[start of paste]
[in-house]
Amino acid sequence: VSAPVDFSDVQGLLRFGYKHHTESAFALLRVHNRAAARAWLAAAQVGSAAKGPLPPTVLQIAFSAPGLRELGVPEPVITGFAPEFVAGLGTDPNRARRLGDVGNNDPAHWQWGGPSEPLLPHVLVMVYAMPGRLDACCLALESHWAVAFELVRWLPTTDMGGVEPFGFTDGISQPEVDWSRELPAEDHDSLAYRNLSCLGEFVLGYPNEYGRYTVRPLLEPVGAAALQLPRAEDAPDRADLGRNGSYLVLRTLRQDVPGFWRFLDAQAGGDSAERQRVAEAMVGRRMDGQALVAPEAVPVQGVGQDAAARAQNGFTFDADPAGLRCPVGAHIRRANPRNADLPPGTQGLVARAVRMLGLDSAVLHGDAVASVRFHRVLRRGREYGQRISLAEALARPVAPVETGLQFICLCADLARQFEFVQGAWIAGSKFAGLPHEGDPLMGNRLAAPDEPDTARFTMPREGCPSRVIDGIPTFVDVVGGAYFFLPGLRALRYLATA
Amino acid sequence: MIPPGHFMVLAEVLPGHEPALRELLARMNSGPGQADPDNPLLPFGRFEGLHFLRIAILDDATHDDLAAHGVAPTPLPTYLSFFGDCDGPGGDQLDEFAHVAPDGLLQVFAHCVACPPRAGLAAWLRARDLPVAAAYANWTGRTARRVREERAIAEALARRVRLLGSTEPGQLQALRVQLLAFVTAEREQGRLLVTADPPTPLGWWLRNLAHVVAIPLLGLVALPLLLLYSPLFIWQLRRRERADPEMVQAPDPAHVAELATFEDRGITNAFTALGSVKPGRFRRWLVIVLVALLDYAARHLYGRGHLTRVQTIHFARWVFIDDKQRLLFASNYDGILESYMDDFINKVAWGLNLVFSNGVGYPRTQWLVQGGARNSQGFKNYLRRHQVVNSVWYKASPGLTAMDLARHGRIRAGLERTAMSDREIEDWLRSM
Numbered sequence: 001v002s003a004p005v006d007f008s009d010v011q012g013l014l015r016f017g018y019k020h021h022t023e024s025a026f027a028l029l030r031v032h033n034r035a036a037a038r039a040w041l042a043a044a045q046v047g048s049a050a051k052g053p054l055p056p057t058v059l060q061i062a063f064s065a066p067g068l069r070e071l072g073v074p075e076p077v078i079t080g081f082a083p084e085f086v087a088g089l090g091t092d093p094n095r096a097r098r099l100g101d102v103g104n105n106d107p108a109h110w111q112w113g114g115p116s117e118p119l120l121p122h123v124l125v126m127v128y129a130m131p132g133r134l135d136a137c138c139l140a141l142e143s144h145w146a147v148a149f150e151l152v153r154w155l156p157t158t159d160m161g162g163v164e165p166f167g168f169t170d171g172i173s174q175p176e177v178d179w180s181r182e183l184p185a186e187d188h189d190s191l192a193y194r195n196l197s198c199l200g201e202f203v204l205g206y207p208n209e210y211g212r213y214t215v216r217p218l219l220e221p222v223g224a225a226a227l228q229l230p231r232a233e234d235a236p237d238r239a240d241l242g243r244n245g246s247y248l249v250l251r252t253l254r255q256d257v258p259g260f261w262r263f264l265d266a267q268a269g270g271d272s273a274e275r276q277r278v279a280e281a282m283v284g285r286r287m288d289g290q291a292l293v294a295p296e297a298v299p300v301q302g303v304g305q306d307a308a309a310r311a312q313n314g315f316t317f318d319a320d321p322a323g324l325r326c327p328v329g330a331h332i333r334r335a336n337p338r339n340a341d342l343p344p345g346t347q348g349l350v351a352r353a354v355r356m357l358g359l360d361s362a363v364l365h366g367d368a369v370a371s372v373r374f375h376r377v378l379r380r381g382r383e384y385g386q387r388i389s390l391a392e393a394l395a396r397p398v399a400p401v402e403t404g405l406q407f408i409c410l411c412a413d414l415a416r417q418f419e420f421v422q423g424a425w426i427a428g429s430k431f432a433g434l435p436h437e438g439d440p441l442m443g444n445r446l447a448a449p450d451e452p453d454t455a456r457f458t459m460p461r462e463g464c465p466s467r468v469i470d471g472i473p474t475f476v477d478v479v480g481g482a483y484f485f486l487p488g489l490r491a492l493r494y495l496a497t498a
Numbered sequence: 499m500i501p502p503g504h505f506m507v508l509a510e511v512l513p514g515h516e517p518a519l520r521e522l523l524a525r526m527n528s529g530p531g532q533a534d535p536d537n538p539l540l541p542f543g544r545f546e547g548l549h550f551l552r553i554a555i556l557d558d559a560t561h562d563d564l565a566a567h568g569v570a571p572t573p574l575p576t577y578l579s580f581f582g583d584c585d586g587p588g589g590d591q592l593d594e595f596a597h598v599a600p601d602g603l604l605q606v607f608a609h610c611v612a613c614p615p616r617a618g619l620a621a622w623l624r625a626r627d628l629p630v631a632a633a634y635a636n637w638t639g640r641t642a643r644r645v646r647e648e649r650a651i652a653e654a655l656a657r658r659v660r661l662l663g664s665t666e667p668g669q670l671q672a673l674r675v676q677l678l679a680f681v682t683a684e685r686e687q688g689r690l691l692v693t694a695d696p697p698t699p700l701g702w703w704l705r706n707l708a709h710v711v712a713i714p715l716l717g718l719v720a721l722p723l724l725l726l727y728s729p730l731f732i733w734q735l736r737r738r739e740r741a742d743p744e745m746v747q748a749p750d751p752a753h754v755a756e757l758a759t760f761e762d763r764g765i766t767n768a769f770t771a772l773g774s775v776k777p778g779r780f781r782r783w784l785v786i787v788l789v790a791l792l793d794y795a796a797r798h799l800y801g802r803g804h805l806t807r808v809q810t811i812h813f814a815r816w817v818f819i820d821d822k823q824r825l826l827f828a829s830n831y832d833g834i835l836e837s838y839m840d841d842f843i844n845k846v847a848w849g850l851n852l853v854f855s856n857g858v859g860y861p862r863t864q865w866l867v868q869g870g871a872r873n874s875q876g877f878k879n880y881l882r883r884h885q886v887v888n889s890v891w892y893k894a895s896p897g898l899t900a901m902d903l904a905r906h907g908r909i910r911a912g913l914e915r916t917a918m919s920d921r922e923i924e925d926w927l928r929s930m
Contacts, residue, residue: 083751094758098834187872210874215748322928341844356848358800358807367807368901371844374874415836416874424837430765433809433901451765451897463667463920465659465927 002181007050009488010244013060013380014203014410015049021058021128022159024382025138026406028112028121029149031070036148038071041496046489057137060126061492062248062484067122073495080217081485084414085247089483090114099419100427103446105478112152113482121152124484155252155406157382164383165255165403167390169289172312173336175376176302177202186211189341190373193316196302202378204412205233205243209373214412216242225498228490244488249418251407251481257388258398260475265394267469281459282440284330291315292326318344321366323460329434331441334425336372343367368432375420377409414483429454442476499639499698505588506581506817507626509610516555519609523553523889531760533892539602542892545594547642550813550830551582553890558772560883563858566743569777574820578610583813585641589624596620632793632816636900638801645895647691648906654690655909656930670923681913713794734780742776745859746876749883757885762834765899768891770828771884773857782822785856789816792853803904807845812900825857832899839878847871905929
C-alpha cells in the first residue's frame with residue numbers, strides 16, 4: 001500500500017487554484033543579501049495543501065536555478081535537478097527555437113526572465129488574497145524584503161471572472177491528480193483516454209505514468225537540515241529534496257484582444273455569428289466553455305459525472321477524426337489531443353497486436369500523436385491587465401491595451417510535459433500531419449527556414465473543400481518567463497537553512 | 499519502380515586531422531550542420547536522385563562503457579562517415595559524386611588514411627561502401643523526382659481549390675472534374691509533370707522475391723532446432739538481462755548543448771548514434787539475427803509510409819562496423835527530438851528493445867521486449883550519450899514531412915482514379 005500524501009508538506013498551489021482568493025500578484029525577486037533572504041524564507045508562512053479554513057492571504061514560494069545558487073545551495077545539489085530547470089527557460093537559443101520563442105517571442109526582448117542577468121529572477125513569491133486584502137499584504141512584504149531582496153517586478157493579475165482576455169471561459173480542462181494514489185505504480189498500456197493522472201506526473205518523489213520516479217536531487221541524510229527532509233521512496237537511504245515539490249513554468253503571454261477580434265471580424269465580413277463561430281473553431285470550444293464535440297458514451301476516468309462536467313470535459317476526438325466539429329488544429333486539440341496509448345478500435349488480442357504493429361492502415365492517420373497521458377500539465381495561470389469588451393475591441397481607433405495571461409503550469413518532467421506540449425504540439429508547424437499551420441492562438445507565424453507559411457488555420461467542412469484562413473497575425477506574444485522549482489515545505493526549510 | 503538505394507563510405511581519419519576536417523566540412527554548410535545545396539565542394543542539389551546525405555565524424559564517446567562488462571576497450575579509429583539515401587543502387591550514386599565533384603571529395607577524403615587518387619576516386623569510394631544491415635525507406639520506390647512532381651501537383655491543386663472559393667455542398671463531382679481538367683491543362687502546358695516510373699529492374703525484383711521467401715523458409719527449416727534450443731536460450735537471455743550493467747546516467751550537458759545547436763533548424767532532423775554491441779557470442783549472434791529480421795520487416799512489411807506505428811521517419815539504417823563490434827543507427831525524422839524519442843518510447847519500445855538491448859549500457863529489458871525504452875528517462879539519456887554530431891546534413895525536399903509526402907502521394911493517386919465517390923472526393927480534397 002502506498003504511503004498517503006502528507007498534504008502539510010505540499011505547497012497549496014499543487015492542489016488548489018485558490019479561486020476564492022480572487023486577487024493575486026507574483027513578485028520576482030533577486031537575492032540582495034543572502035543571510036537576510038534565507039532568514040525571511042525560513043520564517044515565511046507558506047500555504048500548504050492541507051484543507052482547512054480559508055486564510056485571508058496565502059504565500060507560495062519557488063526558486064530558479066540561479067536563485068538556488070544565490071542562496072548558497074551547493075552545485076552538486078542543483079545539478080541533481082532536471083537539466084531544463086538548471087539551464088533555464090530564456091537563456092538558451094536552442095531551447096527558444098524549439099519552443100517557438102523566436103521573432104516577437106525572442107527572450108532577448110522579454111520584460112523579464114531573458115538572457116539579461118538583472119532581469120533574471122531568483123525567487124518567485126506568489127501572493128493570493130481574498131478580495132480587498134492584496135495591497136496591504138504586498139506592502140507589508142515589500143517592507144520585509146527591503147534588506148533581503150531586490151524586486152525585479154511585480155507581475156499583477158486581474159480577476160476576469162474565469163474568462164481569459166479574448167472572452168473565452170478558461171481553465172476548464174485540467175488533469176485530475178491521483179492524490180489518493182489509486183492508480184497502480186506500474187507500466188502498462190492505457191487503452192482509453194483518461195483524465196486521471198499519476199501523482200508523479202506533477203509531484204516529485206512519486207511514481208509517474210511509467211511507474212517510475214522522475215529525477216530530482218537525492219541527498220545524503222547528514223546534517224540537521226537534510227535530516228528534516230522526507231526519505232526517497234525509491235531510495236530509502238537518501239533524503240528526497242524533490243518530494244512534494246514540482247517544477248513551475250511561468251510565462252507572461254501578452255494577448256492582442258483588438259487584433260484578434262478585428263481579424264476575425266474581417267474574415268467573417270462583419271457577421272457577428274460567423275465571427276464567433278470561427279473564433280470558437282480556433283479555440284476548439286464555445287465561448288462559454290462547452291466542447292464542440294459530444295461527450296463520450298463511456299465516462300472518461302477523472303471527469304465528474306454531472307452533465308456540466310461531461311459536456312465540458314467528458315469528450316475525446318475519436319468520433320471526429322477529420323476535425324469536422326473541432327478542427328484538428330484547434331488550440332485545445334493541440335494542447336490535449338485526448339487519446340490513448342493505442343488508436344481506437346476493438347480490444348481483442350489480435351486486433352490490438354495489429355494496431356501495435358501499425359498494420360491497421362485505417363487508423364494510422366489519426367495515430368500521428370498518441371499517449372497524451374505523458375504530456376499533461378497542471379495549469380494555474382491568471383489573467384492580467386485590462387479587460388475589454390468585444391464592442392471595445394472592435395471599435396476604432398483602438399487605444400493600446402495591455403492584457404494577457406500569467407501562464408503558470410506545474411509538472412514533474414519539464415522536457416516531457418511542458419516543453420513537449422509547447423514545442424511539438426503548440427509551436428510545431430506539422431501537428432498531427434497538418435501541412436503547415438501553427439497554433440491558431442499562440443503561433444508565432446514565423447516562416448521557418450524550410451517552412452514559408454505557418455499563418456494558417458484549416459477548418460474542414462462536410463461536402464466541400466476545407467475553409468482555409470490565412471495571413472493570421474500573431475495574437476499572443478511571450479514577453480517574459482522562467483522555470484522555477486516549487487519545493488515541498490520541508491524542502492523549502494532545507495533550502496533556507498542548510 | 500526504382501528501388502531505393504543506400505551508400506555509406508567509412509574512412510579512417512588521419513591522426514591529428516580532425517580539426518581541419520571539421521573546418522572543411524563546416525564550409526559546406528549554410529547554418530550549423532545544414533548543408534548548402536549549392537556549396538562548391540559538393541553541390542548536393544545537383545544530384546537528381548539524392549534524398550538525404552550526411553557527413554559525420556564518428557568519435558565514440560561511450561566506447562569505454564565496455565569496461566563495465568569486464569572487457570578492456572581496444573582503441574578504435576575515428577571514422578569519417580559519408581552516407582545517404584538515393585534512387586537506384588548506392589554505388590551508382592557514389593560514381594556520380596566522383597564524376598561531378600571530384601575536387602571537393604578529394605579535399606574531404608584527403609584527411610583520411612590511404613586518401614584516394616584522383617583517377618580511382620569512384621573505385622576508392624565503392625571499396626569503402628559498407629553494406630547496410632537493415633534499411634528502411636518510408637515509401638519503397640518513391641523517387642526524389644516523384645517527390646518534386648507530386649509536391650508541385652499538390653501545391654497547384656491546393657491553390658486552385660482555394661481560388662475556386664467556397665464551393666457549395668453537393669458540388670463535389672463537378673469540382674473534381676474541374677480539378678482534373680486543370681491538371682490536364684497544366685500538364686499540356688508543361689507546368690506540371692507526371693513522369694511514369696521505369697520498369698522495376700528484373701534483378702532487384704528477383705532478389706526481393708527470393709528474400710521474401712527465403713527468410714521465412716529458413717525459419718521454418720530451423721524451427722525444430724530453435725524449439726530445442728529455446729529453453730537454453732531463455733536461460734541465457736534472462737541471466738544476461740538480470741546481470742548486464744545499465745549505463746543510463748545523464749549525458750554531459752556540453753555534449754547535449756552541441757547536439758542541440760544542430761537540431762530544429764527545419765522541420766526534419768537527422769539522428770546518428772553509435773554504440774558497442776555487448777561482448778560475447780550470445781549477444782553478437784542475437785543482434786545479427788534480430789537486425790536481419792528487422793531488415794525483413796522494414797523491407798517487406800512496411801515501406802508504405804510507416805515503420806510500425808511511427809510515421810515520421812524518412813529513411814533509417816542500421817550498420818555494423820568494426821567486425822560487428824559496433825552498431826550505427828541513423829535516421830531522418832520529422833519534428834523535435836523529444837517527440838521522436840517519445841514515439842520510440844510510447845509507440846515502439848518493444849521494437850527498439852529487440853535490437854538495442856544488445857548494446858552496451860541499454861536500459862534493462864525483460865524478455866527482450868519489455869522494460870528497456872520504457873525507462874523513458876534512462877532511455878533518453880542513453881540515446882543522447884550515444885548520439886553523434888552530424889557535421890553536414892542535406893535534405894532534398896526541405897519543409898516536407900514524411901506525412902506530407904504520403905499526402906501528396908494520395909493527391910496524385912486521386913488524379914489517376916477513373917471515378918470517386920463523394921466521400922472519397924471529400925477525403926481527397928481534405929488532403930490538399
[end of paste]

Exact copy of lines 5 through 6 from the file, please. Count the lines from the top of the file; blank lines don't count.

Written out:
Numbered sequence: 499m500i501p502p503g504h505f506m507v508l509a510e511v512l513p514g515h516e517p518a519l520r521e522l523l524a525r526m527n528s529g530p531g532q533a534d535p536d537n538p539l540l541p542f543g544r545f546e547g548l549h550f551l552r553i554a555i556l557d558d559a560t561h562d563d564l565a566a567h568g569v570a571p572t573p574l575p576t577y578l579s580f581f582g583d584c585d586g587p588g589g590d591q592l593d594e595f596a597h598v599a600p601d602g603l604l605q606v607f608a609h610c611v612a613c614p615p616r617a618g619l620a621a622w623l624r625a626r627d628l629p630v631a632a633a634y635a636n637w638t639g640r641t642a643r644r645v646r647e648e649r650a651i652a653e654a655l656a657r658r659v660r661l662l663g664s665t666e667p668g669q670l671q672a673l674r675v676q677l678l679a680f681v682t683a684e685r686e687q688g689r690l691l692v693t694a695d696p697p698t699p700l701g702w703w704l705r706n707l708a709h710v711v712a713i714p715l716l717g718l719v720a721l722p723l724l725l726l727y728s729p730l731f732i733w734q735l736r737r738r739e740r741a742d743p744e745m746v747q748a749p750d751p752a753h754v755a756e757l758a759t760f761e762d763r764g765i766t767n768a769f770t771a772l773g774s775v776k777p778g779r780f781r782r783w784l785v786i787v788l789v790a791l792l793d794y795a796a797r798h799l800y801g802r803g804h805l806t807r808v809q810t811i812h813f814a815r816w817v818f819i820d821d822k823q824r825l826l827f828a829s830n831y832d833g834i835l836e837s838y839m840d841d842f843i844n845k846v847a848w849g850l851n852l853v854f855s856n857g858v859g860y861p862r863t864q865w866l867v868q869g870g871a872r873n874s875q876g877f878k879n880y881l882r883r884h885q886v887v888n889s890v891w892y893k894a895s896p897g898l899t900a901m902d903l904a905r906h907g908r909i910r911a912g913l914e915r916t917a918m919s920d921r922e923i924e925d926w927l928r929s930m
Contacts, residue, residue: 083751094758098834187872210874215748322928341844356848358800358807367807368901371844374874415836416874424837430765433809433901451765451897463667463920465659465927 002181007050009488010244013060013380014203014410015049021058021128022159024382025138026406028112028121029149031070036148038071041496046489057137060126061492062248062484067122073495080217081485084414085247089483090114099419100427103446105478112152113482121152124484155252155406157382164383165255165403167390169289172312173336175376176302177202186211189341190373193316196302202378204412205233205243209373214412216242225498228490244488249418251407251481257388258398260475265394267469281459282440284330291315292326318344321366323460329434331441334425336372343367368432375420377409414483429454442476499639499698505588506581506817507626509610516555519609523553523889531760533892539602542892545594547642550813550830551582553890558772560883563858566743569777574820578610583813585641589624596620632793632816636900638801645895647691648906654690655909656930670923681913713794734780742776745859746876749883757885762834765899768891770828771884773857782822785856789816792853803904807845812900825857832899839878847871905929